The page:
5) As a signer what were your privileges on the account?

My name was never on her account...I was merely a "signee." This meant that I could write checks and balance her bank account.  One caveat...when my grandmother died, she had about $130 in her checking account.  I took a death certificate and a copy of my DPOA (Durable Power of Attorney) to the bank and asked to close the account, and they would not allow it.  I was not the "designee" on the account for closing it out.

This is different, apparently, from being the "signee" on a checking account.  I was not designated as the person to close the account - my dad was.  Since he was already dead, the secondary designee was my mother. SHE had to return to the bank with these papers and close the account.  Lesson learned...if you are handling the finances, make sure you are the "designee"...and that you have the proper signatures in place to access a safe deposit box, etc., as well.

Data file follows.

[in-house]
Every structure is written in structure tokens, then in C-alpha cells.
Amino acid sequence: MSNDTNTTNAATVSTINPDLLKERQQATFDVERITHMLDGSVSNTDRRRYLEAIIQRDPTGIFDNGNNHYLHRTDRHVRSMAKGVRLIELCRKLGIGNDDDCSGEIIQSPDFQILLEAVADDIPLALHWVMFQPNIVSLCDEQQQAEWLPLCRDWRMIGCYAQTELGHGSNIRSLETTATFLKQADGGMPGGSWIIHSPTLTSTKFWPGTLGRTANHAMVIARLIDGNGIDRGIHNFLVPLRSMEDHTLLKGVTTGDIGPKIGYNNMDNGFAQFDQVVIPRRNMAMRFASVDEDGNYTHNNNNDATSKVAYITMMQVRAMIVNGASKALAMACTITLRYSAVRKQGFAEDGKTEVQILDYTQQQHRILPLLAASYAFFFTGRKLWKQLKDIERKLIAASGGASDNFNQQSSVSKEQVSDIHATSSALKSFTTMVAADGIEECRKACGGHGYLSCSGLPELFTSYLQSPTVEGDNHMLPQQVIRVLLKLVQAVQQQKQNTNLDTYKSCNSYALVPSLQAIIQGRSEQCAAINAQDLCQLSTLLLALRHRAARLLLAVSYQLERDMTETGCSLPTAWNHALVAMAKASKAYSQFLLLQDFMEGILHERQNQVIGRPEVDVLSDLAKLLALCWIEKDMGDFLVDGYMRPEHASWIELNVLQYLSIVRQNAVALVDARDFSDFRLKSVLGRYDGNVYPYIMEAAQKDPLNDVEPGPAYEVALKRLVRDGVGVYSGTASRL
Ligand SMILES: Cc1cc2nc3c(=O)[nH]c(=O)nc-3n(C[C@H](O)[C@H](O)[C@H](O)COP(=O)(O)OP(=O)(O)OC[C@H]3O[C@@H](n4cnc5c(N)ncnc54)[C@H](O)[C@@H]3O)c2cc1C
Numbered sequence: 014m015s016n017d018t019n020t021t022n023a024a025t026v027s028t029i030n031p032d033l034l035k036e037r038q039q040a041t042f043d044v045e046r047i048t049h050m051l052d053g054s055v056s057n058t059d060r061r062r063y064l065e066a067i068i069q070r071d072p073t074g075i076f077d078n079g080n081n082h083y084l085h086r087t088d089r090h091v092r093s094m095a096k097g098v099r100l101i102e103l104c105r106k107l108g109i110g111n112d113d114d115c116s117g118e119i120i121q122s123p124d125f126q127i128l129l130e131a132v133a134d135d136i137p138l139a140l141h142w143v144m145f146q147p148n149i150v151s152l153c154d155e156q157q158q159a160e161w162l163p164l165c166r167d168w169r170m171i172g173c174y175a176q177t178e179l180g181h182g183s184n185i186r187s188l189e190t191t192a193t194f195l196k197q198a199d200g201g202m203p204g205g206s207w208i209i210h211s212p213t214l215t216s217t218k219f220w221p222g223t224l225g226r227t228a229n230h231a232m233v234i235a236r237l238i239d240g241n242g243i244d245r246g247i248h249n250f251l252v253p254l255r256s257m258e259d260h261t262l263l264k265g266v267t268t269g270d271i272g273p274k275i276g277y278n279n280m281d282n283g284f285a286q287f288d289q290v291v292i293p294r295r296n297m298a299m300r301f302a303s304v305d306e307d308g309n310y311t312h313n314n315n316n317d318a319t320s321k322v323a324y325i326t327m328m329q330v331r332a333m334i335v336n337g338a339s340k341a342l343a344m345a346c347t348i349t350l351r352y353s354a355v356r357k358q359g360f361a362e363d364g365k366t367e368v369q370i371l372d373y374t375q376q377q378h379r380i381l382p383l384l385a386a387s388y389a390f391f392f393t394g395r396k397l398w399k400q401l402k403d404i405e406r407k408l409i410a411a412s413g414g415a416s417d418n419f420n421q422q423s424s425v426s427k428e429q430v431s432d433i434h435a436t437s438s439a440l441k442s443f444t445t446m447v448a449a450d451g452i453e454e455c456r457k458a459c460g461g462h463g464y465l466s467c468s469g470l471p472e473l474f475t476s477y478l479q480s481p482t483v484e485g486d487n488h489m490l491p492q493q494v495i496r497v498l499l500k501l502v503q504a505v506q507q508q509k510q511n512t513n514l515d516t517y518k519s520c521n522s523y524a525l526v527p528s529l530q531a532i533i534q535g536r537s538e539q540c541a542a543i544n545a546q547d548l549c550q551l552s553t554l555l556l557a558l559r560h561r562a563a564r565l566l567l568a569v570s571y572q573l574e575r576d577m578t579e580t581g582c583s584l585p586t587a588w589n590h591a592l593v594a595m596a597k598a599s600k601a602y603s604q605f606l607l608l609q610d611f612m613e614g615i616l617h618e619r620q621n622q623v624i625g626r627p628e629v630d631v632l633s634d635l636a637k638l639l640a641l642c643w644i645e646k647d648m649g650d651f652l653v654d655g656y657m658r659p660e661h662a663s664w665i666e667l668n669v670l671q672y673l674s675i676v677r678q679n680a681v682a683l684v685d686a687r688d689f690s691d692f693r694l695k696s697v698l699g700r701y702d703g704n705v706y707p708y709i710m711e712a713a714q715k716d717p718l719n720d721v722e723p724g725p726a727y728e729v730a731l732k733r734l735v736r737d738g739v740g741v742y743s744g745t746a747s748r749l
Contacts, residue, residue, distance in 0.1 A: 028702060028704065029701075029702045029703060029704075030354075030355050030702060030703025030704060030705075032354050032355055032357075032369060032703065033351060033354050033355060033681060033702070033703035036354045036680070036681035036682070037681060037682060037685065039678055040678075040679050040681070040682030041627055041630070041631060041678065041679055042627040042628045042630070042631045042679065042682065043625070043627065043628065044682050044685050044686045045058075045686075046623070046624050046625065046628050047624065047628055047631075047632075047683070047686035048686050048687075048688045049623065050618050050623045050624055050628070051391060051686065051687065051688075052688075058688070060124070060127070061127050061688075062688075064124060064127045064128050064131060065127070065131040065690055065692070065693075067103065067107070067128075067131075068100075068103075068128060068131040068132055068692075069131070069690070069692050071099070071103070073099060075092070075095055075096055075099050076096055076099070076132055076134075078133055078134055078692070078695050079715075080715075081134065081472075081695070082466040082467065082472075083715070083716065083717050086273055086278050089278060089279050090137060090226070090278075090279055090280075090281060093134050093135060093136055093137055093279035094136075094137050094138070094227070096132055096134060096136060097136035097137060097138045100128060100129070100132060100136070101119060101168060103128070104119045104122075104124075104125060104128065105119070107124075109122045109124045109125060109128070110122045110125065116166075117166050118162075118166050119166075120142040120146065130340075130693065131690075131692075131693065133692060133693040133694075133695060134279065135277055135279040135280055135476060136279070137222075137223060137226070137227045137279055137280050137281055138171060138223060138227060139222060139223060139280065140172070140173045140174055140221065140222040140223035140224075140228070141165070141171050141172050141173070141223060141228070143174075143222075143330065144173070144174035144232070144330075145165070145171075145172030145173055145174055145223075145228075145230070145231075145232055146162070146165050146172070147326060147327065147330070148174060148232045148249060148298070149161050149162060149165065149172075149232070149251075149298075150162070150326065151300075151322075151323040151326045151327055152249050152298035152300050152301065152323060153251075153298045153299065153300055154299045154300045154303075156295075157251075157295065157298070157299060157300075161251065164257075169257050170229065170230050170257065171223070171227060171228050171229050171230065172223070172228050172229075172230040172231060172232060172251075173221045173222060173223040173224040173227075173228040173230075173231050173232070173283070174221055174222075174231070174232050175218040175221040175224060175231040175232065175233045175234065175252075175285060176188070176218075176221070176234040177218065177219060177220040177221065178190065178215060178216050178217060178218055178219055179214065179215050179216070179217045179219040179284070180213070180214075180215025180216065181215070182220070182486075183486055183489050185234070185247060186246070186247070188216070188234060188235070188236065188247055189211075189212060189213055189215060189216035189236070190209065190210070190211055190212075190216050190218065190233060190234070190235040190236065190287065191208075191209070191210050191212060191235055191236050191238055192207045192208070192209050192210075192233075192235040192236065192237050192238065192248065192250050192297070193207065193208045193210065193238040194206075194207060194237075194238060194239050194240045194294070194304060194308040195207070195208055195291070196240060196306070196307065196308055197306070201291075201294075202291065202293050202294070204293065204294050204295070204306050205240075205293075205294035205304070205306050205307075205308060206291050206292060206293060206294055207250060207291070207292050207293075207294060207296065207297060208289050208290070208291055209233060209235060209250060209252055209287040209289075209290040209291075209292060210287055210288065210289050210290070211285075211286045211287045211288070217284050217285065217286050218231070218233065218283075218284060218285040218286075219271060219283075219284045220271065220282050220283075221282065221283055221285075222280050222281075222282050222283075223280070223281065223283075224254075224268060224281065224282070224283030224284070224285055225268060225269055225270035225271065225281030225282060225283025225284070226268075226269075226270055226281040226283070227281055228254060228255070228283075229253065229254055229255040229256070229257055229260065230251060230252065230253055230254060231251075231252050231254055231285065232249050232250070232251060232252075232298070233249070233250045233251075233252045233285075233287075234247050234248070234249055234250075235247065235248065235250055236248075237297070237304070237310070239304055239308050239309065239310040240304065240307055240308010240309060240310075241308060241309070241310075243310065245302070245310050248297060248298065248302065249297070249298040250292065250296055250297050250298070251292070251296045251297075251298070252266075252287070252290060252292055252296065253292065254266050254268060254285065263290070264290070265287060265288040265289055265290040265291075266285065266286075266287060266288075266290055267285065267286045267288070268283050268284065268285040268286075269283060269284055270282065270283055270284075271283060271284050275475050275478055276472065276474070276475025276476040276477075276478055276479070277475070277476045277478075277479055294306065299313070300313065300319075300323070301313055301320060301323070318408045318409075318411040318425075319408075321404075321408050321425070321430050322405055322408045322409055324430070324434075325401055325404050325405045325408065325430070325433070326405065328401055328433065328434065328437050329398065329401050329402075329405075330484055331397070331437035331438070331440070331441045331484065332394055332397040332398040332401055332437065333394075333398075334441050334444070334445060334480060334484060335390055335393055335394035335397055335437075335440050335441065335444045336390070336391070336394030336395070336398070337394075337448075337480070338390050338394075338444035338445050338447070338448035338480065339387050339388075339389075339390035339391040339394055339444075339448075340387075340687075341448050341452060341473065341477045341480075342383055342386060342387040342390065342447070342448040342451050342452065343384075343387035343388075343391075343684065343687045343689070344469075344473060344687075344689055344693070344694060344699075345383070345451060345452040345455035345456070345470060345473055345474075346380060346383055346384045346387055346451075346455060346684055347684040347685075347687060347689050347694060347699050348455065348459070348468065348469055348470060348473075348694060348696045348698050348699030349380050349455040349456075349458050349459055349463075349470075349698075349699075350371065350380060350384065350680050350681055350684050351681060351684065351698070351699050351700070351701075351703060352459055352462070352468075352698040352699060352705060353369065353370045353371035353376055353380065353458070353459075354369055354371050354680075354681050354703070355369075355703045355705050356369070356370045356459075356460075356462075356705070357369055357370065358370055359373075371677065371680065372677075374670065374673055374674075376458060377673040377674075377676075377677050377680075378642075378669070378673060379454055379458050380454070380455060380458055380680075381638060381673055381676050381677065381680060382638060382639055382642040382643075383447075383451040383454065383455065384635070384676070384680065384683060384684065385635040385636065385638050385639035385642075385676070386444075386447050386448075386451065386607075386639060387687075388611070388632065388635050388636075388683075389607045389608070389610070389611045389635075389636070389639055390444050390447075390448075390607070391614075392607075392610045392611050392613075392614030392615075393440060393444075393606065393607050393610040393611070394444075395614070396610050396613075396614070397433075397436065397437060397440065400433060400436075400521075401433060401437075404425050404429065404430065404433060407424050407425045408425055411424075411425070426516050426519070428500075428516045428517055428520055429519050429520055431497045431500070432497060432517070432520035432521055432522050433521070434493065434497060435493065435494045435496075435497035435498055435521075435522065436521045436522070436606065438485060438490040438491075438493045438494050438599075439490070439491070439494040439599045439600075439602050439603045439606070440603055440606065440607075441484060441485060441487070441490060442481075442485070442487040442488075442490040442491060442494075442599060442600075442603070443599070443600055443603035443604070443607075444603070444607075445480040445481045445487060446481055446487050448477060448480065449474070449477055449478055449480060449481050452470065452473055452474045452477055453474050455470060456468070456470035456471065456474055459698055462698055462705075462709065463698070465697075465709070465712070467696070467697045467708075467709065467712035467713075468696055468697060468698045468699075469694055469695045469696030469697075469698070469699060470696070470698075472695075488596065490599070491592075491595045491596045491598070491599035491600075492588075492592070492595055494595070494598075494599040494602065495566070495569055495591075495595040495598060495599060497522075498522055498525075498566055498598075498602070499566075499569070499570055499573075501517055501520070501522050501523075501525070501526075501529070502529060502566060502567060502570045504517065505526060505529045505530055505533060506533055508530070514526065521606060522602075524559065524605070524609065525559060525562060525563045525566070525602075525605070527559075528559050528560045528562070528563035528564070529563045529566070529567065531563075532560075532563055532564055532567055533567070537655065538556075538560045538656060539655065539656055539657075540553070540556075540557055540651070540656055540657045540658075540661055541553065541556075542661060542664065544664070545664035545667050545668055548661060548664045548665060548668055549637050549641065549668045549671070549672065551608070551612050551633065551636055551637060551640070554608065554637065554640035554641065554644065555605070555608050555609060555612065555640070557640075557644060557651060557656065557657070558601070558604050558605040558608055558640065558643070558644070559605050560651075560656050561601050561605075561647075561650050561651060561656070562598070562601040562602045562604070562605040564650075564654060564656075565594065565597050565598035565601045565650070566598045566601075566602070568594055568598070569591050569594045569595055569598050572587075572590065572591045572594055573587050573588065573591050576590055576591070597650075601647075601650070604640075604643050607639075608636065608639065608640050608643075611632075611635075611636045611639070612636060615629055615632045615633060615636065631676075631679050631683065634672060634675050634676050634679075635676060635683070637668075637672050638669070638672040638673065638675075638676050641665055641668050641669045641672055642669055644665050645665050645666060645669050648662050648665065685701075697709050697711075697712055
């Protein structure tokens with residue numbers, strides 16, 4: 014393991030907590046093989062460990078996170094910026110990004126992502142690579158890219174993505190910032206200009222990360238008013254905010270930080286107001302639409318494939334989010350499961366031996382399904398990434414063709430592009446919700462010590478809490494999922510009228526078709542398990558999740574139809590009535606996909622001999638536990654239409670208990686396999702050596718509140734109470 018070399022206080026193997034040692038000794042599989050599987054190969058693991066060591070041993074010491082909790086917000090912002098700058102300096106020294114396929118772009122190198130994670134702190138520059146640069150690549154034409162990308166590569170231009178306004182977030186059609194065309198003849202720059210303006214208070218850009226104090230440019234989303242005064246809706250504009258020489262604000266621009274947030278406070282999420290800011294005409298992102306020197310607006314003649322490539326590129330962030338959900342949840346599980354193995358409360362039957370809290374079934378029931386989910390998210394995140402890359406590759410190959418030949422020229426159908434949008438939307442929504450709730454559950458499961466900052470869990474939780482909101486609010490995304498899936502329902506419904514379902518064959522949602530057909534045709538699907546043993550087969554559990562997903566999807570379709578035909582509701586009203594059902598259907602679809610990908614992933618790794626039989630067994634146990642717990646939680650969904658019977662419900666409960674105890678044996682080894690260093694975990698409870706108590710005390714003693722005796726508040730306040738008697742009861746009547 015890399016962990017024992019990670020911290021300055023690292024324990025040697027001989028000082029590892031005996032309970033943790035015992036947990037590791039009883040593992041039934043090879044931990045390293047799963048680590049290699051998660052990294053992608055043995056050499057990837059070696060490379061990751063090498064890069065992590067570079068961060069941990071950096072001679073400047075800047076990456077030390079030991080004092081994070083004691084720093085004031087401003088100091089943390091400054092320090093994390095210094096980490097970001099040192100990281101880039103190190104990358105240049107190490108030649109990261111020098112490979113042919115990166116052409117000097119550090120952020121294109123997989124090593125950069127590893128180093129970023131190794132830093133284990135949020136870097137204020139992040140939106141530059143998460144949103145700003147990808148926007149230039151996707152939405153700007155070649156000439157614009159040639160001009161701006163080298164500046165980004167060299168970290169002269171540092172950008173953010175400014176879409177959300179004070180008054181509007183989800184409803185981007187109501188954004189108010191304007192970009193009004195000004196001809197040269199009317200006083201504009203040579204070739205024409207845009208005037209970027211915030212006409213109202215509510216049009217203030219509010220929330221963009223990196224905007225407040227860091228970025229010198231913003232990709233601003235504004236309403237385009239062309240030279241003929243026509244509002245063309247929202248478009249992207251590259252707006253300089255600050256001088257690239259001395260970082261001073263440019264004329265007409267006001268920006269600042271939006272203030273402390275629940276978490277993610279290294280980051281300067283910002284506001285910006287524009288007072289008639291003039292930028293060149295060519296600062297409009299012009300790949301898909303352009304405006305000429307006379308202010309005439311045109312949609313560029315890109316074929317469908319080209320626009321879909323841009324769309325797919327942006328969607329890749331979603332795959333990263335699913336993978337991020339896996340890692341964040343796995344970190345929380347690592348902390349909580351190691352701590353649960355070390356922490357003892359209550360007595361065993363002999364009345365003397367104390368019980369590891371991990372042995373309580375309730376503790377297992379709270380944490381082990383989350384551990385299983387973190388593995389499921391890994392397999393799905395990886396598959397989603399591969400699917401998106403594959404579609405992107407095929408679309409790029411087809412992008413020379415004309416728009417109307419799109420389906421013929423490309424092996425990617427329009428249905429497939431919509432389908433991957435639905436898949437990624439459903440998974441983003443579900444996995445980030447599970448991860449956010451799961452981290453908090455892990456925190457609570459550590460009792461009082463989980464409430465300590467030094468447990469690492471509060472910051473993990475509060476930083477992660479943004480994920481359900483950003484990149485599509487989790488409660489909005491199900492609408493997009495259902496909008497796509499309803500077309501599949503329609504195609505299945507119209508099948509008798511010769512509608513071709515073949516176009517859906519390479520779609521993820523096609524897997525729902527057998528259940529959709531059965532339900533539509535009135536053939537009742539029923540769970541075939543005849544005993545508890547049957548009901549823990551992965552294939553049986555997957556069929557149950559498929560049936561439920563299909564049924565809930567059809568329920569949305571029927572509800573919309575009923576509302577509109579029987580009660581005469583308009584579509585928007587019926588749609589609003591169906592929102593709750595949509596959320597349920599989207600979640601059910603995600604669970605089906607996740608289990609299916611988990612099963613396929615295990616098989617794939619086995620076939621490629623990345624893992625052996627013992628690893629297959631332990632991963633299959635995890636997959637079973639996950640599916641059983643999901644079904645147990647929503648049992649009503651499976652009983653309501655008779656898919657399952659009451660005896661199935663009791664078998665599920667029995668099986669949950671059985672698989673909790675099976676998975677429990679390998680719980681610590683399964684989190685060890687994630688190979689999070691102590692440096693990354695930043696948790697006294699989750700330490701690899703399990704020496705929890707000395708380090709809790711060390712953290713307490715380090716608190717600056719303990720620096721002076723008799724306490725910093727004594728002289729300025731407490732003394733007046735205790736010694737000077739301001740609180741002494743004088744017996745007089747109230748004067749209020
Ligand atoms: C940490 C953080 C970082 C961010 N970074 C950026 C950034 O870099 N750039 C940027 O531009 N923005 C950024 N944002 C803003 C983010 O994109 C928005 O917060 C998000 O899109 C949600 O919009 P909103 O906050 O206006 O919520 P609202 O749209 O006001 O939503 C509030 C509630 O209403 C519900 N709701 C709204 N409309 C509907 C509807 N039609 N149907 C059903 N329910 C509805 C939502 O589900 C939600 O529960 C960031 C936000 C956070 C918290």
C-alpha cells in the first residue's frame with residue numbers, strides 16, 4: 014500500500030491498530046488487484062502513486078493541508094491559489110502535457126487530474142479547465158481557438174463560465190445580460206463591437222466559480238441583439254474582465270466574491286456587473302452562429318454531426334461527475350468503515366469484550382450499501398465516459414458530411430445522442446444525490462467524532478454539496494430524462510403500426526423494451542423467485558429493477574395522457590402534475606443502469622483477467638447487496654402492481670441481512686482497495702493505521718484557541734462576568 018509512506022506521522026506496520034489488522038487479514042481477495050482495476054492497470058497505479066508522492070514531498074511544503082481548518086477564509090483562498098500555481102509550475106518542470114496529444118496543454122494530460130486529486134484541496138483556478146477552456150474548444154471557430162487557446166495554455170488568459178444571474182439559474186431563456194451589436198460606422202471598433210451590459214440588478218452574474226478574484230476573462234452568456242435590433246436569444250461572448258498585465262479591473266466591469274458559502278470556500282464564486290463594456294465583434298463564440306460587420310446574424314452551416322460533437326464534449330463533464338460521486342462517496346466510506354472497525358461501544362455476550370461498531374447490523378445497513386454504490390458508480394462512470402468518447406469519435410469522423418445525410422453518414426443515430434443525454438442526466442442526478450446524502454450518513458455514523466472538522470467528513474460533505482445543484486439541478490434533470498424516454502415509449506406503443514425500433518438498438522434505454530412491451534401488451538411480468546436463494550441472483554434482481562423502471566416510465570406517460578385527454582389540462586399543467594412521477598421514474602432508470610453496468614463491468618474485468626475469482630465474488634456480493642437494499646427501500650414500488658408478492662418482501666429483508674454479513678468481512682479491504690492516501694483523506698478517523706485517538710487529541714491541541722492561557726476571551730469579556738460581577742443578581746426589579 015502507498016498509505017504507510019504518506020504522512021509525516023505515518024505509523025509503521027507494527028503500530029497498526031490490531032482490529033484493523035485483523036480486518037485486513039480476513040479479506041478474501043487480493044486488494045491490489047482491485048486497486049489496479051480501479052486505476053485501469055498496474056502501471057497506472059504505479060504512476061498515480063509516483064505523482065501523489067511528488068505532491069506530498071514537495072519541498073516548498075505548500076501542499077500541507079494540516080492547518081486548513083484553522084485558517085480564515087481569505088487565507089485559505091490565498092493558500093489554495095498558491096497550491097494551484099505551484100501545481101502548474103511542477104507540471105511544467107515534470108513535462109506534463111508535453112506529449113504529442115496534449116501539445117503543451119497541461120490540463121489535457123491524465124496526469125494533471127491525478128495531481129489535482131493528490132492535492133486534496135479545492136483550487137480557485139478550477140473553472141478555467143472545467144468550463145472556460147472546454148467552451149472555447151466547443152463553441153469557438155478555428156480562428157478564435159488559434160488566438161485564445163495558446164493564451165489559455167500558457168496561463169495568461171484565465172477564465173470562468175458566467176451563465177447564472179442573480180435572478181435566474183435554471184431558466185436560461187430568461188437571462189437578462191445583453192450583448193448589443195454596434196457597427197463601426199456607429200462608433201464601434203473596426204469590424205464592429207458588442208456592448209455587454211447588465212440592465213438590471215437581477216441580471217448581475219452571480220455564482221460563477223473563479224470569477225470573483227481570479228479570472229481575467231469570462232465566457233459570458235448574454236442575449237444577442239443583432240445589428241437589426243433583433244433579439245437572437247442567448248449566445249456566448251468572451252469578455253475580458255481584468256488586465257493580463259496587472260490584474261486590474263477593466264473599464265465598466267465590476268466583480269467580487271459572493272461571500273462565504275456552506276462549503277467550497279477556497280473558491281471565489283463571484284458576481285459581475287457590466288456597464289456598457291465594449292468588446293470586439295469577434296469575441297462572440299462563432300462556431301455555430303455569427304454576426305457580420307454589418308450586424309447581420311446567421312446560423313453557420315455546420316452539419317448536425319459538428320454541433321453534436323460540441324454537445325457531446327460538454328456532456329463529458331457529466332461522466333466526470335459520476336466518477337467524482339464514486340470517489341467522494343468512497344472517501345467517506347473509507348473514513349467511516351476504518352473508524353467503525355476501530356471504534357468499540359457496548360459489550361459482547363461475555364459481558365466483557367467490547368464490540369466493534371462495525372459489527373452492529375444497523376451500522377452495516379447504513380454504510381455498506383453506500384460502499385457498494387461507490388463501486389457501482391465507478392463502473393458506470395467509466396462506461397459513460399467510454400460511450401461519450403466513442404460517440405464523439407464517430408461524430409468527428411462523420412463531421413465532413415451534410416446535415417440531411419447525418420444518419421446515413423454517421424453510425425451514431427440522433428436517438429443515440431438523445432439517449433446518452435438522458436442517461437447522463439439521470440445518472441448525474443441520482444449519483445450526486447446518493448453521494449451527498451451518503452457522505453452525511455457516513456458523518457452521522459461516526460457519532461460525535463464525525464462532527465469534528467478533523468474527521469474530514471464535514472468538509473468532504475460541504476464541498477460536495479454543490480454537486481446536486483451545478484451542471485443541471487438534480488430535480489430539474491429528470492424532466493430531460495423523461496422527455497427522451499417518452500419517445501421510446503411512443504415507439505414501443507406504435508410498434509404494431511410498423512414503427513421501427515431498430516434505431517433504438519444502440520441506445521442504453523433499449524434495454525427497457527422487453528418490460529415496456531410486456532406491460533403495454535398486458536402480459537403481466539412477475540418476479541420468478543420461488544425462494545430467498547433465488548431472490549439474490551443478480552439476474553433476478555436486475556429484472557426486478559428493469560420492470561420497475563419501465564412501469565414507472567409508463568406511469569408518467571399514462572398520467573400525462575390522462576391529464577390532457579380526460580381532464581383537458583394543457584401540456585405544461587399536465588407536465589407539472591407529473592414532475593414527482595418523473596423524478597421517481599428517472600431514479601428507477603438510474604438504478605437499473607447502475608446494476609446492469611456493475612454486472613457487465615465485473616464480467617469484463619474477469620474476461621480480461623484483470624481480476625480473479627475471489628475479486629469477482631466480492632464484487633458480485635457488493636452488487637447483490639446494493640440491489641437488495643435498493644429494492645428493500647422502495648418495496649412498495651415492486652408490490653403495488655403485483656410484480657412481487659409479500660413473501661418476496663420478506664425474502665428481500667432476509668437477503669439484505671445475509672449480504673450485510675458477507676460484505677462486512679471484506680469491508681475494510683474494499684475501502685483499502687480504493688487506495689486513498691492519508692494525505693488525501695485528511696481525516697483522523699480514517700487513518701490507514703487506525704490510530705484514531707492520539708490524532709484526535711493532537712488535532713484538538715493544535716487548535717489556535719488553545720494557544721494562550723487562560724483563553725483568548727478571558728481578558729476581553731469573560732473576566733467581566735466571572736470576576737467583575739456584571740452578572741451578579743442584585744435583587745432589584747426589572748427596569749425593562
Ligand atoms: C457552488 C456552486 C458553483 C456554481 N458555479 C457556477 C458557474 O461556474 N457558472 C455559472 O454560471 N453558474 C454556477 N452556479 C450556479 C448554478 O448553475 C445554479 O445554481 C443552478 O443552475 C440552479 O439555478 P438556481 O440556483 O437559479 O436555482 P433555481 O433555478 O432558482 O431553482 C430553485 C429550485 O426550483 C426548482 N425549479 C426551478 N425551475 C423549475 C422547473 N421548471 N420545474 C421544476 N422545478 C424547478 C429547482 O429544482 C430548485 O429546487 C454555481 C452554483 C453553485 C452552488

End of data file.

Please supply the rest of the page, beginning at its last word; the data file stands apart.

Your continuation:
6) What approaches did you take with a banking account that worked for you and your family? For example, did you rely on money management tools or software to help you keep track of everything? Or did you choose specific accounts that perhaps offered lower fees?